Over the last few weeks, hospice has gotten a lot of negative press. Consider the article last week in the Washington Post: Hospice firms draining billions from Medicare, reporting on the incentive for hospice businesses to admit patients early so they get paid their $155 daily outpatient per diem for a longer time. Not news to me- just good business sense.
Over the last several decades many hospice organizations have struggled to make ends meet, especially when they have to absorb the high cost of paying for the care patients who die within days of admission. Hospices need patients with longer admissions and fewer costs to help balance the patients that cost them money. My understanding of the hospice reimbursement system is one of the reasons that I've referred my own family members early- in each case, months before they died. And during this time, even if the nurse only checked in by phone during a given week, I knew they were just a phone call away in an emergency, and that was a tremendous help and comfort for us.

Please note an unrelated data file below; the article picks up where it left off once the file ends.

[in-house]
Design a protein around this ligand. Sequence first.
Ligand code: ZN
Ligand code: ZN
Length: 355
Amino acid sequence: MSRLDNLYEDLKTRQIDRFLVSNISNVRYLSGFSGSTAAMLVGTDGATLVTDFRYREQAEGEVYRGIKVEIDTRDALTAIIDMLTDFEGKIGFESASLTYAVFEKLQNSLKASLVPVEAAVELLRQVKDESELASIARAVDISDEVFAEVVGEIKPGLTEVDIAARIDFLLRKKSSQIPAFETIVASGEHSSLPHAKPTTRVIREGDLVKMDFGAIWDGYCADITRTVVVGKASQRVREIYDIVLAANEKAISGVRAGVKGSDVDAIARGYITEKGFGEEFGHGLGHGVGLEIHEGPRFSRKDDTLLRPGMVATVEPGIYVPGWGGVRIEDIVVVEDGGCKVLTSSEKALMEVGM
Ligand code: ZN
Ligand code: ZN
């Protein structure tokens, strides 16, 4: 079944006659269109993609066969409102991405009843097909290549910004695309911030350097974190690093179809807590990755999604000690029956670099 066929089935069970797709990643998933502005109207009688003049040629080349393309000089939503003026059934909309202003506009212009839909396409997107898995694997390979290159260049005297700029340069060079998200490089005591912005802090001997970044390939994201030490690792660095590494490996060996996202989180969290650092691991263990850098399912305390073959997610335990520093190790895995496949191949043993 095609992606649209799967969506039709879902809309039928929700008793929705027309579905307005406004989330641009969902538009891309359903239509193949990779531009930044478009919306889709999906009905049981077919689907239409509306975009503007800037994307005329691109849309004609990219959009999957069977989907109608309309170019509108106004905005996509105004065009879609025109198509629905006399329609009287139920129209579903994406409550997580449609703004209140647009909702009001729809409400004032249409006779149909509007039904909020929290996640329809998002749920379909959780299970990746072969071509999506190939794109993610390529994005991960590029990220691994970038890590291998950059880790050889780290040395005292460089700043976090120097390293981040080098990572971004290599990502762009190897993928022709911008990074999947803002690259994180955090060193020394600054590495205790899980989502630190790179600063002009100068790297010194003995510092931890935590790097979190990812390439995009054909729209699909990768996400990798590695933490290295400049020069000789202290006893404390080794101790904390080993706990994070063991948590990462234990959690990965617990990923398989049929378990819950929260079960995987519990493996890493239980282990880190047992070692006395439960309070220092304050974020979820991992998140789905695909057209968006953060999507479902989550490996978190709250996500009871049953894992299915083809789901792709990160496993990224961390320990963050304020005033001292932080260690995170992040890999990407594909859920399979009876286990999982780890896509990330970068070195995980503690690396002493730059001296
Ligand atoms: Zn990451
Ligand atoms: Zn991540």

And what amazes me, is that the patients and families who only get a few days of care with hospice, and who cost hospices a lot of money, are still cared for with great compassion and a rapid outpouring of support. I've never heard of someone being refused for hospice "because they are too sick". I've never heard of hospice providers conveying messages to patients or families about how much money their organization will lose because they were referred so late.
Compassion, symptom relief, honest communication and support- these are what hospice organizations and providers offer, and they do it so well. Thank you.
This is part one of a 3 part blog post on this topic.